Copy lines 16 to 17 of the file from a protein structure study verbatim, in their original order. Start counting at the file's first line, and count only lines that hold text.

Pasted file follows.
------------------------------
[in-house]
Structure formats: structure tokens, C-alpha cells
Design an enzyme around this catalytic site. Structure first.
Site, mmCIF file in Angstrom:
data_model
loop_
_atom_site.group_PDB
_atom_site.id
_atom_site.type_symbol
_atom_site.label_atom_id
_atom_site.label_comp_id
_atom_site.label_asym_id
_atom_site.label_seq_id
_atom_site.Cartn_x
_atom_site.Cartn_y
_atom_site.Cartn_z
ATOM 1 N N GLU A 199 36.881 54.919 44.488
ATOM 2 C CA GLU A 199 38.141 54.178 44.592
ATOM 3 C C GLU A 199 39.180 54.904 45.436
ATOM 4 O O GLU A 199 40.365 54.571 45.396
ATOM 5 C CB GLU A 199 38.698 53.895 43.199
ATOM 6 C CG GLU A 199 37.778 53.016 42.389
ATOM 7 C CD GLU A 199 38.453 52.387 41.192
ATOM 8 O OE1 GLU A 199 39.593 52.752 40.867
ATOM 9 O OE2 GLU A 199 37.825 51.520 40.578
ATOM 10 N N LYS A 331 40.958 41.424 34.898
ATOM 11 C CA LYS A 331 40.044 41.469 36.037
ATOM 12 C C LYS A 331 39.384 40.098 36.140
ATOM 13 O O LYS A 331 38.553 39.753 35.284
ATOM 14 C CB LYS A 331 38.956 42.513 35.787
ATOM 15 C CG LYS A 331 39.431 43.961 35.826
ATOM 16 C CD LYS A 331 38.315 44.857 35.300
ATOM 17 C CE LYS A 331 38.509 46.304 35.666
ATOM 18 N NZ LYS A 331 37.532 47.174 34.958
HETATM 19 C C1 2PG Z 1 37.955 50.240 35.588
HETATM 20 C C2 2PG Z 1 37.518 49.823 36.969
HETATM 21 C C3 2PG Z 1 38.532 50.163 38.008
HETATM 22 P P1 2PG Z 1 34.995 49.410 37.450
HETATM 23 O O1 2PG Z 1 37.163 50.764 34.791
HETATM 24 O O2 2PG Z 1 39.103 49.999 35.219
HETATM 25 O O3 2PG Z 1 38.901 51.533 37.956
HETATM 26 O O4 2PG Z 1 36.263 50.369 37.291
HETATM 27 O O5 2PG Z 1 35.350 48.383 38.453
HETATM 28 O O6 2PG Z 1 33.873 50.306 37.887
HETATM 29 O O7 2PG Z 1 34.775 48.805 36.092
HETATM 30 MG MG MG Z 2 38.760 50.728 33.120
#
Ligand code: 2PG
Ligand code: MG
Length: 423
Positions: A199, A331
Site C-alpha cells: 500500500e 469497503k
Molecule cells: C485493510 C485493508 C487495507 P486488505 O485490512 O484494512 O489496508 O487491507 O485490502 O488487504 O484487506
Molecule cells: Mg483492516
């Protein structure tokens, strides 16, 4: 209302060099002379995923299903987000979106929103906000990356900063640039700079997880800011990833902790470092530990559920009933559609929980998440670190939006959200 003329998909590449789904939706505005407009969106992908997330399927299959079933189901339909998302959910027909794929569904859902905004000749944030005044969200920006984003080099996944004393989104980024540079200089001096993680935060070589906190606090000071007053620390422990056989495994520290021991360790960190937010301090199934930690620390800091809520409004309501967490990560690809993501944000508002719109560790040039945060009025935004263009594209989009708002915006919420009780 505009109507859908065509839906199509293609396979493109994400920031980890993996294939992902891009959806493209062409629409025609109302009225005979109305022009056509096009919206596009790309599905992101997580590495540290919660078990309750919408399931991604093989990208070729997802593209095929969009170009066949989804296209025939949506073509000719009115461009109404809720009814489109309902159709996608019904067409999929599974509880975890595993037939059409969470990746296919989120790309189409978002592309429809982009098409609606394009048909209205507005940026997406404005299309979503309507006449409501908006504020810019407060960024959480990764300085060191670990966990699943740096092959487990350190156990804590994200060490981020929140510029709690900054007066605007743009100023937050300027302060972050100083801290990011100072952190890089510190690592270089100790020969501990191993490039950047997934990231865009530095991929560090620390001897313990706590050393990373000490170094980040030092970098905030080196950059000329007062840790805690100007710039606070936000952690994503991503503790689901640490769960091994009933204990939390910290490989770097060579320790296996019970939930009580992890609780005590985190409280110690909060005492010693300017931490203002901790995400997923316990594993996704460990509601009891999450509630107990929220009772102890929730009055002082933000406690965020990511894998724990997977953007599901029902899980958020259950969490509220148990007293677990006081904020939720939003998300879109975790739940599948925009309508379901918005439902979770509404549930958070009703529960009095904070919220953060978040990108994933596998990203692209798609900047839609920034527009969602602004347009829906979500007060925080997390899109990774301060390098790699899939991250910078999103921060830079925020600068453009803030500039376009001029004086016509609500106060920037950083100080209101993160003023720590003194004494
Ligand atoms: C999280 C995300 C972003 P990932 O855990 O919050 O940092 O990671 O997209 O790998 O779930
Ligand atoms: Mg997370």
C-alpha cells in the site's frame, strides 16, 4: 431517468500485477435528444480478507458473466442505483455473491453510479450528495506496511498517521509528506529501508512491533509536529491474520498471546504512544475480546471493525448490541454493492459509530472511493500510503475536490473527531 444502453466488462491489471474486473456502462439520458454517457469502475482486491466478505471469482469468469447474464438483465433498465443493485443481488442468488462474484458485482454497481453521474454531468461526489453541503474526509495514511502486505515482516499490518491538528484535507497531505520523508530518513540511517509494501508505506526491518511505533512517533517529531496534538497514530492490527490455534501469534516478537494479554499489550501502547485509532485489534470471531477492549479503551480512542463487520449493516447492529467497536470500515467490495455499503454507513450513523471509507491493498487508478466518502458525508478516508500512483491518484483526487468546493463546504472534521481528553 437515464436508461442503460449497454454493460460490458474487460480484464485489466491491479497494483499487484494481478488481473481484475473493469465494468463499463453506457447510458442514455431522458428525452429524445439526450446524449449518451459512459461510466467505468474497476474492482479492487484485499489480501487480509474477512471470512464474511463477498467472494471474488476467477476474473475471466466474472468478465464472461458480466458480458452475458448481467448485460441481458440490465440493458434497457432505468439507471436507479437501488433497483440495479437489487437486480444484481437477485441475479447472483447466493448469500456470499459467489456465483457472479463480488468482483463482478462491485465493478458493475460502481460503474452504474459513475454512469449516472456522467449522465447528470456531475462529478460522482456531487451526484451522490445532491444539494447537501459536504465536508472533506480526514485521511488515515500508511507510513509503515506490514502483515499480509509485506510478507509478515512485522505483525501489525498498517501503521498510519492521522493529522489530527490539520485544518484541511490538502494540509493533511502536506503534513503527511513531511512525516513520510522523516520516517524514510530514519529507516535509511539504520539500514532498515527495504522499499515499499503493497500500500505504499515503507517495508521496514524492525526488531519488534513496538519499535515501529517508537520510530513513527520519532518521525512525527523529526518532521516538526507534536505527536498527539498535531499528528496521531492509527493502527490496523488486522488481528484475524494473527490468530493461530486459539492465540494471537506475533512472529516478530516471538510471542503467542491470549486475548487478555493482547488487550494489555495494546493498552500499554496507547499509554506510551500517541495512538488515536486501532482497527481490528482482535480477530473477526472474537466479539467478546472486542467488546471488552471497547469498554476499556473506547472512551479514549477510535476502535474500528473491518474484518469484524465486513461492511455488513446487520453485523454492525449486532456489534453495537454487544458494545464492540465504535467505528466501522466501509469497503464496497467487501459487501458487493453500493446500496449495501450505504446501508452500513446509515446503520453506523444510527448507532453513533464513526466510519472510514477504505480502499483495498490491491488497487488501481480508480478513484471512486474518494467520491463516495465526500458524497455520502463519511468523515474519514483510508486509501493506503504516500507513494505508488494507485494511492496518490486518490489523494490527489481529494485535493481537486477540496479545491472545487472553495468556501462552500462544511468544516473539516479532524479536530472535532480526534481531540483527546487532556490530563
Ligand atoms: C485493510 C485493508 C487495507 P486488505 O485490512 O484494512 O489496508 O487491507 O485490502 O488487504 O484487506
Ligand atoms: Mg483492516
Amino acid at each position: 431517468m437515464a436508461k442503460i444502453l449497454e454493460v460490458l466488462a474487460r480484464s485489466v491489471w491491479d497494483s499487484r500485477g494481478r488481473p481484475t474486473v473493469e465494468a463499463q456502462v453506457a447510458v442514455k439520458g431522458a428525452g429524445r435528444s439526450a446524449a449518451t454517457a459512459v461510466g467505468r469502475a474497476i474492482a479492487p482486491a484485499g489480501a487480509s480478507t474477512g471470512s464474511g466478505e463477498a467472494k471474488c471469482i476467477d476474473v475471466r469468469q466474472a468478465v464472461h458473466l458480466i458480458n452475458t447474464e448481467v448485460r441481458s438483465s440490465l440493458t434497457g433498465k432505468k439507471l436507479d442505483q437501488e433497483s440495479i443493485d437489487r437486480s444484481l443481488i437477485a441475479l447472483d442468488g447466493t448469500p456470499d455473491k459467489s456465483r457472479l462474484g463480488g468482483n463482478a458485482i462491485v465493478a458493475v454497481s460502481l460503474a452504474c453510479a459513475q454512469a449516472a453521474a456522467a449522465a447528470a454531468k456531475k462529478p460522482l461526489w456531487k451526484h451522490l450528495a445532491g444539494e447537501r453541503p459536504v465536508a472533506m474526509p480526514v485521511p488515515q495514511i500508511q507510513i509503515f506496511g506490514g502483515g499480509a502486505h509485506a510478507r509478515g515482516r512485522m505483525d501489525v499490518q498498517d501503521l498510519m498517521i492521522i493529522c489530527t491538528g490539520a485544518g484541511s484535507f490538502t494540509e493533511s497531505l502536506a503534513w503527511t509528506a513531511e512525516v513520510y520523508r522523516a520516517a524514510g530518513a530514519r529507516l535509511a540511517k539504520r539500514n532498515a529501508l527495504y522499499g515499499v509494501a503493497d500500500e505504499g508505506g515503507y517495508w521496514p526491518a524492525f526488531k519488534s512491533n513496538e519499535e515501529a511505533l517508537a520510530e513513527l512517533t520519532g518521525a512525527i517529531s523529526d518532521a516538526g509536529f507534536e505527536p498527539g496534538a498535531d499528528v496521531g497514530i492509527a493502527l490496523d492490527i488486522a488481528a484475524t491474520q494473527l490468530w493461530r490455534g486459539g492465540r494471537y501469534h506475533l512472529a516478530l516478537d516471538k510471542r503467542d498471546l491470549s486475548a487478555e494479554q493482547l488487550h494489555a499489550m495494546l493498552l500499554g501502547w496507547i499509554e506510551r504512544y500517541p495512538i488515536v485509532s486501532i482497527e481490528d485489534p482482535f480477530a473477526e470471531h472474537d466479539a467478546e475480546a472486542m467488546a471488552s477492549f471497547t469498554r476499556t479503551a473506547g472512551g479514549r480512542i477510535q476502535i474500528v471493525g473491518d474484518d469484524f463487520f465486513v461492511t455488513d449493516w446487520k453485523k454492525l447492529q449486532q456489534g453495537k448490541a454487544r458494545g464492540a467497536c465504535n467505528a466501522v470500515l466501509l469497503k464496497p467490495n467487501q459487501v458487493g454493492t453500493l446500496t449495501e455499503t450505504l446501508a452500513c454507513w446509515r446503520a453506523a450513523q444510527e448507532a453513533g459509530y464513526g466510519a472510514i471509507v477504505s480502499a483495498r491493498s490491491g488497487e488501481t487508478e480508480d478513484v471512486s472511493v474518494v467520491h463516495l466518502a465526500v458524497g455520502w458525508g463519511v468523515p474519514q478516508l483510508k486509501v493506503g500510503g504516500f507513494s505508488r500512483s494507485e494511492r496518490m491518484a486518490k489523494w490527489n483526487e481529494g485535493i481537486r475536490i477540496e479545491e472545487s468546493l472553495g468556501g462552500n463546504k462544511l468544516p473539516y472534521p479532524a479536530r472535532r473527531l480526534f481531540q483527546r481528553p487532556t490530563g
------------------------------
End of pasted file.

_atom_site.Cartn_z
ATOM 1 N N GLU A 199 36.881 54.919 44.488